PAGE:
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Cassady v. Hall

United States Court of Appeals, Eleventh Circuit

June 15, 2018

DAVID WAYNE CASSADY, Plaintiff - Appellant,
v.
STEVEN HALL, GEORGIA DEPARTMENT OF ADMINISTRATIVE SERVICES, Defendants - Appellees.

          Appeal from the United States District Court for the Middle District of Georgia D.C. Docket No. 5:14-cv-00025-MTT-MSH

          Before TJOFLAT, WILLIAM PRYOR, and ANDERSON, Circuit Judges.

          PER CURIAM.

         David Cassady appeals the District Court's denial of his motion for garnishment against the Georgia Department of Administrative Services ("GDAS"). We hold that garnishment actions are "suits" under the Eleventh Amendment, Georgia has not waived its immunity to the type of garnishment Mr. Cassady seeks, and Congress has not clearly abrogated the states' immunity to such garnishments. We accordingly affirm the District Court's denial of the motion.

         I.

         On January 21, 2014, Mr. Cassady, a Georgia inmate, brought suit against Mr. Hall, a state corrections officer, pursuant to 42 U.S.C. § 1983. Mr. Cassady alleged that in October 2010, Mr. Hall physically and sexually attacked him in the Georgia Diagnostic and Classification Prison, where Mr. Cassady was an inmate and Mr. Hall was a corrections officer. The case proceeded to trial, and a jury found in favor of Mr. Cassady. The jury awarded him $150, 000 in compensatory damages and $50, 000 in punitive damages. The District Court rendered judgment in accordance with the jury's verdict.

         Thereafter, Mr. Cassady moved the District Court to issue a writ of garnishment ordering the State of Georgia to redirect to him the funds he argues are due to be paid to Mr. Hall under Georgia's General Liability Agreement ("GLA"), which he says gives state employees like Mr. Hall a right of indemnification for judgments arising out of the performance of their official duties. As statutory authority for the writ of garnishment, Mr. Cassady cited 28 U.S.C. § 3205 or, alternatively, Federal Rule of Civil Procedure 69.[1] Mr. Cassady argued that these federal sources authorize district courts to issue writs of garnishment. Moreover, Mr. Cassady averred, Georgia has, in its Constitution, waived sovereign immunity in contract actions against the State; thus, because the GLA is a contract between the State and its employees, sovereign immunity is waived as to the garnishment of Mr. Hall's contractual entitlement to indemnification.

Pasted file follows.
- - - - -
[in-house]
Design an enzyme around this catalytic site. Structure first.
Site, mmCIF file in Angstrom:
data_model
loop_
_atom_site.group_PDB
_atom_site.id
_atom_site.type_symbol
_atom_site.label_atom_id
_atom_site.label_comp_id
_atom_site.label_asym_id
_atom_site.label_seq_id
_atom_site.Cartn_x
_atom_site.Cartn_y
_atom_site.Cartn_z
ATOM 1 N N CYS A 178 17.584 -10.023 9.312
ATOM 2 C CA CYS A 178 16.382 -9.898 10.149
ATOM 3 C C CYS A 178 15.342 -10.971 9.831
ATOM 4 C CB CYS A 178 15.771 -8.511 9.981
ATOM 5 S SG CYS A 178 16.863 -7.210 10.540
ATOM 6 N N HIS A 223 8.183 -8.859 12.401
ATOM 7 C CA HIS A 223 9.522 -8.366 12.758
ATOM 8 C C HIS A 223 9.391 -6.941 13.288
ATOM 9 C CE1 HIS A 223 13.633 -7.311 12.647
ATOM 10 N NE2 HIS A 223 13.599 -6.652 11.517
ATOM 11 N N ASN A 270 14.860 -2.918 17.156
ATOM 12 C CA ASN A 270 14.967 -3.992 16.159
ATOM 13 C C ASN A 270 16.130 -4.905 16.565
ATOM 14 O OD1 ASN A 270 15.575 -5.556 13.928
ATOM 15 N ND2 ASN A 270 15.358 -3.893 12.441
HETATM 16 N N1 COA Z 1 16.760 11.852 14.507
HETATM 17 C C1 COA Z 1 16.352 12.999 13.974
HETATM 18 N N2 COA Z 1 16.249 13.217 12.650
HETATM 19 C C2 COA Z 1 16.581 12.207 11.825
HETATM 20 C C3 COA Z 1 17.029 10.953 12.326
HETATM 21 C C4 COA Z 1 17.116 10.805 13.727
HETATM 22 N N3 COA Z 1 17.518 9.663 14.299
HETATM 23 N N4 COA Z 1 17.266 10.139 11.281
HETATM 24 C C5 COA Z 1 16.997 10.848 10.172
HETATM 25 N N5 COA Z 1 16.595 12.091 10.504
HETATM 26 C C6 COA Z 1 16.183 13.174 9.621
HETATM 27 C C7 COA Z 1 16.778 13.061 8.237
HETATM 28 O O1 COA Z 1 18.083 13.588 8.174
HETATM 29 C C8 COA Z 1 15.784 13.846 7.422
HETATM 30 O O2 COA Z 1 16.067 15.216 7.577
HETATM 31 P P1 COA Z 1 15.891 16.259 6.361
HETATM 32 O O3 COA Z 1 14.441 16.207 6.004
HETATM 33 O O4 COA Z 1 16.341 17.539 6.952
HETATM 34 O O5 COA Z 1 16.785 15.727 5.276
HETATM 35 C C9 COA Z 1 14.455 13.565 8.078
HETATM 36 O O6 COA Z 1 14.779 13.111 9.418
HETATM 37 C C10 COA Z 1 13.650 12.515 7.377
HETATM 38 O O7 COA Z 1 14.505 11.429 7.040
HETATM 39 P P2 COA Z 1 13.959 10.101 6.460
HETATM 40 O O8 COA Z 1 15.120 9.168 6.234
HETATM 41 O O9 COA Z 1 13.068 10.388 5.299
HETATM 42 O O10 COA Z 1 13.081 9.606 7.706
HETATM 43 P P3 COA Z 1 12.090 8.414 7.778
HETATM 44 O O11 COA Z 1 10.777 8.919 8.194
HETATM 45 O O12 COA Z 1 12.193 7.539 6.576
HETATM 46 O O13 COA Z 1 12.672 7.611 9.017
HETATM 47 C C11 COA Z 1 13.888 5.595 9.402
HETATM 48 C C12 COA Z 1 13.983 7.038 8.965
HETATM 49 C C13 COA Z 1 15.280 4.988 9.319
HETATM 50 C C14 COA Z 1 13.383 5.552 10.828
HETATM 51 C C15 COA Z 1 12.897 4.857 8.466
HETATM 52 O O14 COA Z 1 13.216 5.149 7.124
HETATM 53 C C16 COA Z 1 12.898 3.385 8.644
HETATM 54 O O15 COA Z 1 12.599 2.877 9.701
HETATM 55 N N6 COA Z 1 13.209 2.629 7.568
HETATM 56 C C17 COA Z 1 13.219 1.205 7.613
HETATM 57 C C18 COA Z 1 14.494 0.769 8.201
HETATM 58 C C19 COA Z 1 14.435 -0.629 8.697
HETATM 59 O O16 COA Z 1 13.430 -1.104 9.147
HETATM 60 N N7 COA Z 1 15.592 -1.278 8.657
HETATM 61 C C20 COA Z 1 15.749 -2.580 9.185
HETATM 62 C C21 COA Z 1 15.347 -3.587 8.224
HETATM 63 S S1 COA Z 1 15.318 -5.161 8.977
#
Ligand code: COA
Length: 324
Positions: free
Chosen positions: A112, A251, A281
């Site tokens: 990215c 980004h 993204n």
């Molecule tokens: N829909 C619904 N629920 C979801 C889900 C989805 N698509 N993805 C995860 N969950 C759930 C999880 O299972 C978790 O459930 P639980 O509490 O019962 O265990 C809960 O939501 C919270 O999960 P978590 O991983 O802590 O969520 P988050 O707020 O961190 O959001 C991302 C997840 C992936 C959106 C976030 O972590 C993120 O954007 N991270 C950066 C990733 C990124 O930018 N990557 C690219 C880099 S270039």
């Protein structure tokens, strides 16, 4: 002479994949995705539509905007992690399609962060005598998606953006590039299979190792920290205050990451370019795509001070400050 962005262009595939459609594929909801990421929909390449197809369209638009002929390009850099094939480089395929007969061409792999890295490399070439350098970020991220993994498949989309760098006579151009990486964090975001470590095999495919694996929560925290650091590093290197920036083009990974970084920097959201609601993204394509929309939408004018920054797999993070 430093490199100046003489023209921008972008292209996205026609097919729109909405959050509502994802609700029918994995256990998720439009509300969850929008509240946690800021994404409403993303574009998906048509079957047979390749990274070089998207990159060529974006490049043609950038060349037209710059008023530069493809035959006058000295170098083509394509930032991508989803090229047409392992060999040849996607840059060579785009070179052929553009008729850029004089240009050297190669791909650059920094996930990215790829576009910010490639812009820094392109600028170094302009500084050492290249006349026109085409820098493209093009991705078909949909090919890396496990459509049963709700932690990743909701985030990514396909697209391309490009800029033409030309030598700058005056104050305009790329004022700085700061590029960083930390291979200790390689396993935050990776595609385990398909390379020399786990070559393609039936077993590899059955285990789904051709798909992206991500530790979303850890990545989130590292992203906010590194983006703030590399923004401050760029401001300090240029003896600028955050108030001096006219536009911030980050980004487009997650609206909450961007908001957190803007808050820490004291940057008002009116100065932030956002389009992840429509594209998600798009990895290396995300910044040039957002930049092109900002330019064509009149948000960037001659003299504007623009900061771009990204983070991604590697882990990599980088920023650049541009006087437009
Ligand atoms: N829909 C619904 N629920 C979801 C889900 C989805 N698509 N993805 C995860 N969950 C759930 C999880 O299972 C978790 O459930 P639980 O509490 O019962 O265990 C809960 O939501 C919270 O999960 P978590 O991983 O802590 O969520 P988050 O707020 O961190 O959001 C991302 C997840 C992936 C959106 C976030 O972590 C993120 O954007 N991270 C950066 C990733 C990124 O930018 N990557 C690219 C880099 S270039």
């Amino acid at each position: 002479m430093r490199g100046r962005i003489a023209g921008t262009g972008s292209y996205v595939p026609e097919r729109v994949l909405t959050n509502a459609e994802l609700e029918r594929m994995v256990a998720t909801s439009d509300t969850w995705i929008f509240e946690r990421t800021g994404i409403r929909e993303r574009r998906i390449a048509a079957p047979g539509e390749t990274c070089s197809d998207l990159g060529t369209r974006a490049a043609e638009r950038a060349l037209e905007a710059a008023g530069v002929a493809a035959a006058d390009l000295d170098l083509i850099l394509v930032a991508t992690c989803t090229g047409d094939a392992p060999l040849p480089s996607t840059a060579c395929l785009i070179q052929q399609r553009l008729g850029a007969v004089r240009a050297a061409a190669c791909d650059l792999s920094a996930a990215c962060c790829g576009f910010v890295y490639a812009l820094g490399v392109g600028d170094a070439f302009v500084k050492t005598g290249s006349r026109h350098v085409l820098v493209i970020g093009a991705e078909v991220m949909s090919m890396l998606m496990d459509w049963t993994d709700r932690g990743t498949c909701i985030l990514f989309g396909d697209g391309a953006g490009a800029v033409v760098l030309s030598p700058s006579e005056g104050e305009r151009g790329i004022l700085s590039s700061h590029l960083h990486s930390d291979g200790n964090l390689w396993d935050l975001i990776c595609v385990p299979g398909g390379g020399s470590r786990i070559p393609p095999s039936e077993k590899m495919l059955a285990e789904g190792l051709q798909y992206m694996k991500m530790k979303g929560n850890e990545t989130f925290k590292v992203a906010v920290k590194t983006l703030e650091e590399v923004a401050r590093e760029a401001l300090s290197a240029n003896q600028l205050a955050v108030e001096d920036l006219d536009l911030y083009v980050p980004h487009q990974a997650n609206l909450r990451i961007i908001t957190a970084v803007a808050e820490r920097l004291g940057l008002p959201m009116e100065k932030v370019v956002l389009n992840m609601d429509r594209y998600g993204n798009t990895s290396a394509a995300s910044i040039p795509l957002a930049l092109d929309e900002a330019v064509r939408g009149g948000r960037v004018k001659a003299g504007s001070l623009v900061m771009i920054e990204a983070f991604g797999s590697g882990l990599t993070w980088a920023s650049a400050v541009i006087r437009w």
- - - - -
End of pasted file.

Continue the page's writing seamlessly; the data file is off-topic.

The District Court denied the motion on the ground that Georgia has not waived sovereign immunity with respect to garnishment actions, and, alternatively, that Mr. Hall's indemnification rights (if any) under the GLA do not constitute a "property interest" as that term is defined under § 3205. Mr. Cassady timely appealed.

         II.

         We review the District Court's legal conclusions de novo. E.g., Mitchell v. Farcass, 112 F.3d 1483, 1486 (11th Cir. 1997). The Eleventh Amendment of the United States Constitution bars suits against states in federal court unless a state has waived its sovereign immunity or Congress has abrogated it. Nichols v. Ala. State Bar, 815 F.3d 726, 731 (11th Cir. 2016) (per curiam). This bar includes state agencies and other arms of the state.[2] Robinson v. Ga. Dep't of Transp., 966 F.2d 637, 638-40 (11th Cir. 1992). With respect to congressional abrogation, a federal statute will not be read to abrogate a state's sovereign immunity unless Congress has made its intention to do so "unmistakably clear" in the language of the statute. Atascadero State Hosp. v. Scanlon, 473 U.S. 234, 242, 105 S.Ct. 3142, 3147 (1985).